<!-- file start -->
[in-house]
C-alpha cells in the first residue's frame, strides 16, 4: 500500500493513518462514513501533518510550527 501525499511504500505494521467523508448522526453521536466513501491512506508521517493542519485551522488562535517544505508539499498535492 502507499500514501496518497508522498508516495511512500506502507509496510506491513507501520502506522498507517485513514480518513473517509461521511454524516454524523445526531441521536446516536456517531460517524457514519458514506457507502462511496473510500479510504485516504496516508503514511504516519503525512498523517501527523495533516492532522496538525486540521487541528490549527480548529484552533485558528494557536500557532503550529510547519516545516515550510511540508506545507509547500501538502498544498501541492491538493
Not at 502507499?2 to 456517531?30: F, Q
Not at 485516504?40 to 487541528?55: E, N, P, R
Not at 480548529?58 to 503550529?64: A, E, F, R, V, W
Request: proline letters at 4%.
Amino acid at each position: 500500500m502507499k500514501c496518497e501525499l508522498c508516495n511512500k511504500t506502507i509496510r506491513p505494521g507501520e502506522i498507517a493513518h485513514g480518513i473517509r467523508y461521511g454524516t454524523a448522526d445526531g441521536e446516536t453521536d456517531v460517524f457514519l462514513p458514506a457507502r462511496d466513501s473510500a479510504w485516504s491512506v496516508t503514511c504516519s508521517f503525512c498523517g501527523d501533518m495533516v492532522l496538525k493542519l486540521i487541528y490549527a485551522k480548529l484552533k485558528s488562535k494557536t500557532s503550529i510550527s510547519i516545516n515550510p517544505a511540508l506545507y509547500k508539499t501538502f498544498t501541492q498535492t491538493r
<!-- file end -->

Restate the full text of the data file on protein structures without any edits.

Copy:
[in-house]
C-alpha cells in the first residue's frame, strides 16, 4: 500500500493513518462514513501533518510550527 501525499511504500505494521467523508448522526453521536466513501491512506508521517493542519485551522488562535517544505508539499498535492 502507499500514501496518497508522498508516495511512500506502507509496510506491513507501520502506522498507517485513514480518513473517509461521511454524516454524523445526531441521536446516536456517531460517524457514519458514506457507502462511496473510500479510504485516504496516508503514511504516519503525512498523517501527523495533516492532522496538525486540521487541528490549527480548529484552533485558528494557536500557532503550529510547519516545516515550510511540508506545507509547500501538502498544498501541492491538493
Not at 502507499?2 to 456517531?30: F, Q
Not at 485516504?40 to 487541528?55: E, N, P, R
Not at 480548529?58 to 503550529?64: A, E, F, R, V, W
Request: proline letters at 4%.
Amino acid at each position: 500500500m502507499k500514501c496518497e501525499l508522498c508516495n511512500k511504500t506502507i509496510r506491513p505494521g507501520e502506522i498507517a493513518h485513514g480518513i473517509r467523508y461521511g454524516t454524523a448522526d445526531g441521536e446516536t453521536d456517531v460517524f457514519l462514513p458514506a457507502r462511496d466513501s473510500a479510504w485516504s491512506v496516508t503514511c504516519s508521517f503525512c498523517g501527523d501533518m495533516v492532522l496538525k493542519l486540521i487541528y490549527a485551522k480548529l484552533k485558528s488562535k494557536t500557532s503550529i510550527s510547519i516545516n515550510p517544505a511540508l506545507y509547500k508539499t501538502f498544498t501541492q498535492t491538493r